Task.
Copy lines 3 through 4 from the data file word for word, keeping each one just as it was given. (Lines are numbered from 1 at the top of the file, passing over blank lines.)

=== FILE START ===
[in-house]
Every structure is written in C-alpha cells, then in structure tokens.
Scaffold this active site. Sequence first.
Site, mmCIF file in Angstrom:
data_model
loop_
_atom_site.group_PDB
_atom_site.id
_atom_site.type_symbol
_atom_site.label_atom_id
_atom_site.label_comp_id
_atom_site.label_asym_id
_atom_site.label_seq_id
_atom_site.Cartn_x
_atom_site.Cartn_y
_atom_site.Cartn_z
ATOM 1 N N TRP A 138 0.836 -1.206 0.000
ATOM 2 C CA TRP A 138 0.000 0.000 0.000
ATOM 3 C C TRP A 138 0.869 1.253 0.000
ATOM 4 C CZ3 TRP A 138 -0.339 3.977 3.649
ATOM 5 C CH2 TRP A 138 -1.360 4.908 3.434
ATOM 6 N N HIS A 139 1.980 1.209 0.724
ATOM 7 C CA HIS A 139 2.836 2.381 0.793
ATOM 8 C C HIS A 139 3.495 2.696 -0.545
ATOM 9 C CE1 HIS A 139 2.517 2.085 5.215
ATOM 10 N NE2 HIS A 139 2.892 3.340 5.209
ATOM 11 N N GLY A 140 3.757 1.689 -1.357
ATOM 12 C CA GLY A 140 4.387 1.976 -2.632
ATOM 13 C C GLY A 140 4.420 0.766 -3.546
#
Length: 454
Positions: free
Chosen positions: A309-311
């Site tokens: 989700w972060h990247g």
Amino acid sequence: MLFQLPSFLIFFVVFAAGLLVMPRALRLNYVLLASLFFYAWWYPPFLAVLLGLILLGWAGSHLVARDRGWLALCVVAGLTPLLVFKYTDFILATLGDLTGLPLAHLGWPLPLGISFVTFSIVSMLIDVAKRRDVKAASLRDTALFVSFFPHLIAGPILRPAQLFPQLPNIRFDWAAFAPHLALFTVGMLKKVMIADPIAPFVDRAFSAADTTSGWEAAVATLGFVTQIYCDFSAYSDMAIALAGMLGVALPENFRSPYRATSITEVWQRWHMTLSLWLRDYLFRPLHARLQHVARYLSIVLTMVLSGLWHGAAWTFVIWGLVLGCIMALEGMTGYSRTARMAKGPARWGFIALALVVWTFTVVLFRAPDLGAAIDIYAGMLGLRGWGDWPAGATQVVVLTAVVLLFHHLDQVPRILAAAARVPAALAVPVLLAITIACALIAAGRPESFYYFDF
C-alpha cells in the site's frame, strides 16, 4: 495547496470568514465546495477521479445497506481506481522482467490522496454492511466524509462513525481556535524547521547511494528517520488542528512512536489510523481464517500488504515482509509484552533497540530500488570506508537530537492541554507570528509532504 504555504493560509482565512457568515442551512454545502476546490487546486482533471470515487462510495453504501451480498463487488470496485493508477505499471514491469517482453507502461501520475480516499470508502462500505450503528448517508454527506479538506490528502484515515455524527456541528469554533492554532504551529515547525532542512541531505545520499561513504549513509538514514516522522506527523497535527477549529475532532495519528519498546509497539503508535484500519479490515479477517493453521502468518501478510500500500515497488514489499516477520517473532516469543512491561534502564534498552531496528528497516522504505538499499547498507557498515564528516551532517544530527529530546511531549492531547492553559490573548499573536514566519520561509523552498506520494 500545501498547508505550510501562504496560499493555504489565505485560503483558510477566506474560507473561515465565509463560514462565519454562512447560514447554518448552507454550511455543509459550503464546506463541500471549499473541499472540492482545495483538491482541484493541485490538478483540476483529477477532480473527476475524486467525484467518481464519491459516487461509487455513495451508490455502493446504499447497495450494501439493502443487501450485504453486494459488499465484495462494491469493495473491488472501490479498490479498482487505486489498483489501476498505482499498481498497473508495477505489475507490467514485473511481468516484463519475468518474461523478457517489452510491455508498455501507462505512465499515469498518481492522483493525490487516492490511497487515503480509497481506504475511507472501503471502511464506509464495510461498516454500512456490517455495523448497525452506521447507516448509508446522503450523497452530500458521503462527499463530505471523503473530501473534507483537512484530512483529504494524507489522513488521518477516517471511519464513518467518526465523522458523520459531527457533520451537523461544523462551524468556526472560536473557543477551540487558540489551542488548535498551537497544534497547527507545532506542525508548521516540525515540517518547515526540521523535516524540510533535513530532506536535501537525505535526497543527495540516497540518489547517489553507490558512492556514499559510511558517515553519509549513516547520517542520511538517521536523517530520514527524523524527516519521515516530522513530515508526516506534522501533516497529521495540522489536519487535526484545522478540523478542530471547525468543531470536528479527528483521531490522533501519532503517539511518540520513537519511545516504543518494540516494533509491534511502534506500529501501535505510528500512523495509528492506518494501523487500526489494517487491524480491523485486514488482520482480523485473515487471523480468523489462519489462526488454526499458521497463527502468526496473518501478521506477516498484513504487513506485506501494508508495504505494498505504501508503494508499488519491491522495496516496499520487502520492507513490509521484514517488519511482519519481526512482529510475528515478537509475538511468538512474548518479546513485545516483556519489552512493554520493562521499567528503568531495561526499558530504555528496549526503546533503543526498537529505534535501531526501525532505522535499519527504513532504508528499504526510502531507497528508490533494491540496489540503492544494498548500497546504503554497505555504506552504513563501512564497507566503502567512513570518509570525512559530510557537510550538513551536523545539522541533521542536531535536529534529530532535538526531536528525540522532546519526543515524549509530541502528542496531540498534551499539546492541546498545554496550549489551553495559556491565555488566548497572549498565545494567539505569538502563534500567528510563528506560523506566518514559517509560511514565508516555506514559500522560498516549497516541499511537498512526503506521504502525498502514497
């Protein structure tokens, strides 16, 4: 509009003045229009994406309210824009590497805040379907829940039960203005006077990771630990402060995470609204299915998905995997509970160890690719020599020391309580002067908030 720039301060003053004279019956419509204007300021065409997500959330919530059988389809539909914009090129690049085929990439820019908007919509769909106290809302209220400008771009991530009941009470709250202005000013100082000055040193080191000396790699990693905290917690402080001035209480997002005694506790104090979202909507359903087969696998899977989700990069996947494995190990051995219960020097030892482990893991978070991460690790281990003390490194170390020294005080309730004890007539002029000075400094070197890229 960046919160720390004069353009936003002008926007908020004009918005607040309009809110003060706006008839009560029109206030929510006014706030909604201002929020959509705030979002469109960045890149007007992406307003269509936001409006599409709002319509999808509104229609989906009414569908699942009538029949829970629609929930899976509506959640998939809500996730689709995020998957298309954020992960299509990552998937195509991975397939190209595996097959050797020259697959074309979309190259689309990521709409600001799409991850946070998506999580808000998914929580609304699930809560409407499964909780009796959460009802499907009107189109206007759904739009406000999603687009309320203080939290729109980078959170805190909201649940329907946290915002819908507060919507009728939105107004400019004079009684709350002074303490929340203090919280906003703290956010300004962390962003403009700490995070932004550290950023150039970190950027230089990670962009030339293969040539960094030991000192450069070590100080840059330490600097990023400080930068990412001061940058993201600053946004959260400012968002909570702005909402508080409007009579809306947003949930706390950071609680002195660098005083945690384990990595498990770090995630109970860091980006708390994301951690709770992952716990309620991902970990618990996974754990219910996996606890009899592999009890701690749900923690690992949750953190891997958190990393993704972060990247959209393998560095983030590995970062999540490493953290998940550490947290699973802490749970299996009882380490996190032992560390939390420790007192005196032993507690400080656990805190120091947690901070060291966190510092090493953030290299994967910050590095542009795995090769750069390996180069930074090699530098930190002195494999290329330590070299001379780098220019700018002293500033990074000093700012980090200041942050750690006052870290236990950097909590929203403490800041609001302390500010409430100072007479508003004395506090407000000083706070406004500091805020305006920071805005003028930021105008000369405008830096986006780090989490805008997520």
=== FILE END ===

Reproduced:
Scaffold this active site. Sequence first.
Site, mmCIF file in Angstrom: